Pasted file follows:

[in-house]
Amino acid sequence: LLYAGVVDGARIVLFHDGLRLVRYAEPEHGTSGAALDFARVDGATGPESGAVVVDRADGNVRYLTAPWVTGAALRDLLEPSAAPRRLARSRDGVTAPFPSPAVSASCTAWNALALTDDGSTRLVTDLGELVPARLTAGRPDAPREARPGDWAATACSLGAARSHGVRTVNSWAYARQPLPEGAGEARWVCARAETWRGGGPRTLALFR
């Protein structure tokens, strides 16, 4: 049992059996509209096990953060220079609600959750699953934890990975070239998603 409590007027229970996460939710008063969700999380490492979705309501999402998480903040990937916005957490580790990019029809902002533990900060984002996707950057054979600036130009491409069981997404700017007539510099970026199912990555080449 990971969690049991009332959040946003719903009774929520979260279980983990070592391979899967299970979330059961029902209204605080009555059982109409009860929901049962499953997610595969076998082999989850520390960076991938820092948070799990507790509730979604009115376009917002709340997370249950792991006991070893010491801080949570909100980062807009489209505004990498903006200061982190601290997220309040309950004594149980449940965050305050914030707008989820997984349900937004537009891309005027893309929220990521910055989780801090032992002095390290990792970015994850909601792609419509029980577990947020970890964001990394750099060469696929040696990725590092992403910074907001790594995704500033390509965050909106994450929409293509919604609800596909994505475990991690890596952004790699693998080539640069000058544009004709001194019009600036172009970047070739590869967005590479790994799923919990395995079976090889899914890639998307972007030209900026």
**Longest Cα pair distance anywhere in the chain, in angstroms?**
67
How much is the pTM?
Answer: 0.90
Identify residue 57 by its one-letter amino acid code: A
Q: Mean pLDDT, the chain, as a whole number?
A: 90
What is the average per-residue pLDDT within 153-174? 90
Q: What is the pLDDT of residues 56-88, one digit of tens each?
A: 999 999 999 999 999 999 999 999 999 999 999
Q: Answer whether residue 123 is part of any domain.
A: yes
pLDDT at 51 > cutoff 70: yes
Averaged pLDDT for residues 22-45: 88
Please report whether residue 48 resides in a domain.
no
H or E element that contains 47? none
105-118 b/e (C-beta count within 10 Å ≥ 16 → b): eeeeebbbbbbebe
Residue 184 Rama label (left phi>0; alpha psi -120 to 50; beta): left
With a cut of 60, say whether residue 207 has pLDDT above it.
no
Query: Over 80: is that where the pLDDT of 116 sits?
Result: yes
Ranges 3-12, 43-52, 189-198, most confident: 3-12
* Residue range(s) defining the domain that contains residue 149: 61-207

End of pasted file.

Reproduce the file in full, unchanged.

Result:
[in-house]
Amino acid sequence: LLYAGVVDGARIVLFHDGLRLVRYAEPEHGTSGAALDFARVDGATGPESGAVVVDRADGNVRYLTAPWVTGAALRDLLEPSAAPRRLARSRDGVTAPFPSPAVSASCTAWNALALTDDGSTRLVTDLGELVPARLTAGRPDAPREARPGDWAATACSLGAARSHGVRTVNSWAYARQPLPEGAGEARWVCARAETWRGGGPRTLALFR
């Protein structure tokens, strides 16, 4: 049992059996509209096990953060220079609600959750699953934890990975070239998603 409590007027229970996460939710008063969700999380490492979705309501999402998480903040990937916005957490580790990019029809902002533990900060984002996707950057054979600036130009491409069981997404700017007539510099970026199912990555080449 990971969690049991009332959040946003719903009774929520979260279980983990070592391979899967299970979330059961029902209204605080009555059982109409009860929901049962499953997610595969076998082999989850520390960076991938820092948070799990507790509730979604009115376009917002709340997370249950792991006991070893010491801080949570909100980062807009489209505004990498903006200061982190601290997220309040309950004594149980449940965050305050914030707008989820997984349900937004537009891309005027893309929220990521910055989780801090032992002095390290990792970015994850909601792609419509029980577990947020970890964001990394750099060469696929040696990725590092992403910074907001790594995704500033390509965050909106994450929409293509919604609800596909994505475990991690890596952004790699693998080539640069000058544009004709001194019009600036172009970047070739590869967005590479790994799923919990395995079976090889899914890639998307972007030209900026």
**Longest Cα pair distance anywhere in the chain, in angstroms?**
67
How much is the pTM?
Answer: 0.90
Identify residue 57 by its one-letter amino acid code: A
Q: Mean pLDDT, the chain, as a whole number?
A: 90
What is the average per-residue pLDDT within 153-174? 90
Q: What is the pLDDT of residues 56-88, one digit of tens each?
A: 999 999 999 999 999 999 999 999 999 999 999
Q: Answer whether residue 123 is part of any domain.
A: yes
pLDDT at 51 > cutoff 70: yes
Averaged pLDDT for residues 22-45: 88
Please report whether residue 48 resides in a domain.
no
H or E element that contains 47? none
105-118 b/e (C-beta count within 10 Å ≥ 16 → b): eeeeebbbbbbebe
Residue 184 Rama label (left phi>0; alpha psi -120 to 50; beta): left
With a cut of 60, say whether residue 207 has pLDDT above it.
no
Query: Over 80: is that where the pLDDT of 116 sits?
Result: yes
Ranges 3-12, 43-52, 189-198, most confident: 3-12
* Residue range(s) defining the domain that contains residue 149: 61-207